Polos is one of my favourite vegetable curries. In Sri Lanka, the cooking of this dish is kind of a sacred art. The best jackfruit trees are well known and highly prized. When they yield their fruit it’s picked and prepared with a prodigious amount of care. It’s cooked low and slow over a wood fire in a clay pot that imparts an earthiness while the fire lends a beautiful smokiness. The curry is usually left for up to a week for the flavours to develop. We don’t have such luxuries here. My jackfruit comes out of a tin. But, it’s a little slice of paradise preserved in salt and vinegar. This recipe is for tinned jackfruit as it’s the only kind of jackfruit I’ve cooked!
This curry freezes beautifully so I’d suggest doubling or tripling the recipe and placing a few servings in the freezer.
- 1 can tinned jackfruit
- 1 tsp. turmeric
- 1 tsp. roasted curry powder
- 1 tsp. chilli powder
- 1 tsp. paprika
- handful of curry leaves
- 1 tsp maldive fish flakes
- 1/2 tomato chopped
- 1 green chilli chopped
- 1/2 small red onion chopped
- 1 garlic clove sliced
- 2-3 cloves
- 1/2 stick of cinnamon
- 1 pandan leaf (rampe)
- 1tsp goraka paste (can substitute with tamirind if you don’t have)
- 100ml coconut milk
Drain the tin of jackfruit and cut the pieces into uniform sizes. You want them all to cook at the same time.
Place the jackfruit into a pot ( I use my beautiful lankan claypots) and add the tumeric, chilli powder, roasted curry powder, paprika, curry leaves, maldive fish, tomato, green chilli, onion, garlic, cloves, cinnamon and pandan leaf. Mix it all together and add just enough water to cover.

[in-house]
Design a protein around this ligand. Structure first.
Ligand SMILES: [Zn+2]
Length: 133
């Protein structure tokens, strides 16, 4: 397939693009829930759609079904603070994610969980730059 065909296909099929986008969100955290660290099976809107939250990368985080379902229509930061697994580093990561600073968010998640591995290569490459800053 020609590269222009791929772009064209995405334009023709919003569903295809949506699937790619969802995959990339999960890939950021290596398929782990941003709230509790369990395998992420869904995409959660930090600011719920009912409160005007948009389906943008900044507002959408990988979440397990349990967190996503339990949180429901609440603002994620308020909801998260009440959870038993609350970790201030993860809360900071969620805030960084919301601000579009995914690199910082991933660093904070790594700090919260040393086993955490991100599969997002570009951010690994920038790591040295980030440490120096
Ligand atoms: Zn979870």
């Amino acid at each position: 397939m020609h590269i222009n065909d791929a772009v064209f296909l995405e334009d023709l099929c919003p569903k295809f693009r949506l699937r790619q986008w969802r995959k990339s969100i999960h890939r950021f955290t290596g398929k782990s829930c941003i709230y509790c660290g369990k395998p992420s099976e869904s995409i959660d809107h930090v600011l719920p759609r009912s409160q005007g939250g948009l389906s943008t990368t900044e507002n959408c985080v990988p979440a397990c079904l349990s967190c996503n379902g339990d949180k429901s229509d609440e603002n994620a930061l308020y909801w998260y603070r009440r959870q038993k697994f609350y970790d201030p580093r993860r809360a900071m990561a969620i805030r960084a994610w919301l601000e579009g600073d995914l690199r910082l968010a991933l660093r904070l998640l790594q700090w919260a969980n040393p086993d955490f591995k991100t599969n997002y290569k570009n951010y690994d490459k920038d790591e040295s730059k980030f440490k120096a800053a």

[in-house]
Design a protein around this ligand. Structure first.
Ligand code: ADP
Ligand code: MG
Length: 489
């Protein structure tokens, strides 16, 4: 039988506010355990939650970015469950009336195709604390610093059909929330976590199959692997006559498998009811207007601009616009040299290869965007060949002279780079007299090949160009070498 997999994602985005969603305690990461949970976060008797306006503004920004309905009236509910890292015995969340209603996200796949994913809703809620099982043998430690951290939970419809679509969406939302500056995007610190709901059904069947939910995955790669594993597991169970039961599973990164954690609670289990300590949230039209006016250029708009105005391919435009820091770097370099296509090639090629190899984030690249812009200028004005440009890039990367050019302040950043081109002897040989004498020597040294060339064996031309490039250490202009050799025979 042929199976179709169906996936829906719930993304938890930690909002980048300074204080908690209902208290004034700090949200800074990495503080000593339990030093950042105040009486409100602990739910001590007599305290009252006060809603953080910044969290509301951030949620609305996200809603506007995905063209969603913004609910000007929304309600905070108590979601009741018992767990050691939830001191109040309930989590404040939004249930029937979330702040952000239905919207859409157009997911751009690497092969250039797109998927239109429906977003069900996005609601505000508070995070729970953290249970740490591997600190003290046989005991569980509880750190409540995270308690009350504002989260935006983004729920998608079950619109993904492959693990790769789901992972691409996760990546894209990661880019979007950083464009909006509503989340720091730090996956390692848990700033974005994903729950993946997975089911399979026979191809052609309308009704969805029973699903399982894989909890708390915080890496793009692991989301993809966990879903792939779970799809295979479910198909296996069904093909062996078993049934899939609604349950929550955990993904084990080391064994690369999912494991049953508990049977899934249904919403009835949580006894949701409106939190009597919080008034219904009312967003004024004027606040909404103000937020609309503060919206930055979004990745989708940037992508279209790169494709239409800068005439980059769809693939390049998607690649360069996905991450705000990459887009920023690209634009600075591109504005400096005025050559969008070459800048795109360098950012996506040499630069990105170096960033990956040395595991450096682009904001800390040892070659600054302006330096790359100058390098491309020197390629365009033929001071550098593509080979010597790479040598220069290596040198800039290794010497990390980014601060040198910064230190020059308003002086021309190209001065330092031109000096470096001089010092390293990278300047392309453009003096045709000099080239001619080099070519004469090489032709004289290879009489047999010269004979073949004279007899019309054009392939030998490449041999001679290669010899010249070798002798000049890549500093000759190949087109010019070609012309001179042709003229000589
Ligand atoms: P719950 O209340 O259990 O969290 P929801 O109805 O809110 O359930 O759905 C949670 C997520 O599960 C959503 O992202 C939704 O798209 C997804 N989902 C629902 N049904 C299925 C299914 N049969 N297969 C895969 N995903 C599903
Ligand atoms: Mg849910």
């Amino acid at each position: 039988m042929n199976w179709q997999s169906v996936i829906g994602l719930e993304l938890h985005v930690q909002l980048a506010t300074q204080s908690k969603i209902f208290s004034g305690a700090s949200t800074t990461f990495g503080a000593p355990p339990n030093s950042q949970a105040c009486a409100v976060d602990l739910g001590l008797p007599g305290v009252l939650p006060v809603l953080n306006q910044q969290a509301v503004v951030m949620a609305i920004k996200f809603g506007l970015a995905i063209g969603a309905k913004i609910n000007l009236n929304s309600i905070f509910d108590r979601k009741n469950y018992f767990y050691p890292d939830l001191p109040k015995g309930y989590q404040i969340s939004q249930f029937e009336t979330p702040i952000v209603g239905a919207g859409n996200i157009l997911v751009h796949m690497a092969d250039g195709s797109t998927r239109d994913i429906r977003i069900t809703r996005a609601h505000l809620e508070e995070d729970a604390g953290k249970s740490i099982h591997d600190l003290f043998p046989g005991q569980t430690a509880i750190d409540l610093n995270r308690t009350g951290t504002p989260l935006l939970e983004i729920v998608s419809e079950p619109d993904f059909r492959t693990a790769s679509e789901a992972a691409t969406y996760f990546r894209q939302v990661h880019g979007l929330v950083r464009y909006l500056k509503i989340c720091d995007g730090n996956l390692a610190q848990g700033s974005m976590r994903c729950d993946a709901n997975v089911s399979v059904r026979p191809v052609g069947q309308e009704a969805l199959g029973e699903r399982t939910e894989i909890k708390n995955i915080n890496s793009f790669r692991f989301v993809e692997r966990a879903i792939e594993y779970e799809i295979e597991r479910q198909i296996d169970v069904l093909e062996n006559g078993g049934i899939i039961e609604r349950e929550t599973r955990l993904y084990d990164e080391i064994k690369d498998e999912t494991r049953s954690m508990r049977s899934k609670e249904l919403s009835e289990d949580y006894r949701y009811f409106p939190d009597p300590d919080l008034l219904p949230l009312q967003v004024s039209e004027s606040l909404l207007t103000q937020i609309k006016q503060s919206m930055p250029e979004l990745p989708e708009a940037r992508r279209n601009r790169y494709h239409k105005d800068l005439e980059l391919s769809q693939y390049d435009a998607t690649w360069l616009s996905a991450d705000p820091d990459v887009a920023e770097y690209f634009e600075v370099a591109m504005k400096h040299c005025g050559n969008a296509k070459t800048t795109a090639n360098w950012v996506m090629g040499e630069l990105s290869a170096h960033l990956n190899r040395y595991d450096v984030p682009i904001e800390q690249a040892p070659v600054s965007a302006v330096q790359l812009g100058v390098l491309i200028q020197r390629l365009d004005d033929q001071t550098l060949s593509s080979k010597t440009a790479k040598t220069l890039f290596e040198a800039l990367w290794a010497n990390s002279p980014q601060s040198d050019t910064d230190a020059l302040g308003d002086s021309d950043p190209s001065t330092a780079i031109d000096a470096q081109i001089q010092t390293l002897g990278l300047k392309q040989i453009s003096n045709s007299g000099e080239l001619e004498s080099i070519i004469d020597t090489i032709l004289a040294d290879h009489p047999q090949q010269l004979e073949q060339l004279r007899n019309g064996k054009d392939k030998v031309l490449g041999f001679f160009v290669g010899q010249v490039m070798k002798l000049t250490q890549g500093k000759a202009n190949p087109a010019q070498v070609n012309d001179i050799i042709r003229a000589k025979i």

Now place on the stove and simmer until most of the water has evaporated (about 20 minutes).
Note: At this point, you can freeze this curry and add the coconut milk later, once defrosted.
Once most of the water has disappeared add the coconut milk and goraka paste. Mine has heaps of salt added so I don’t add salt, add salt if your goraka isn’t salted. If you can’t find goraka, use tamarind paste instead.
The goraka paste I use. If you can’t find this, tamarind is a perfect alternative.
Bring the curry back to boil and simmer for a few minutes until the gravy has thickened slightly.
Serve hot with rice or eat it with Pol Roti, like we did.
Roti and luni miris, a class combination
Sri Lankan food can often be time consuming and labour intensive. It’s well worth the effort but sometimes it’s difficult to find the time on a busy weeknight. Pol Roti is an exception. Easy, quick and tasty, it’s something we often eat during the week when the need for curry hits us and rice just won’t cut it.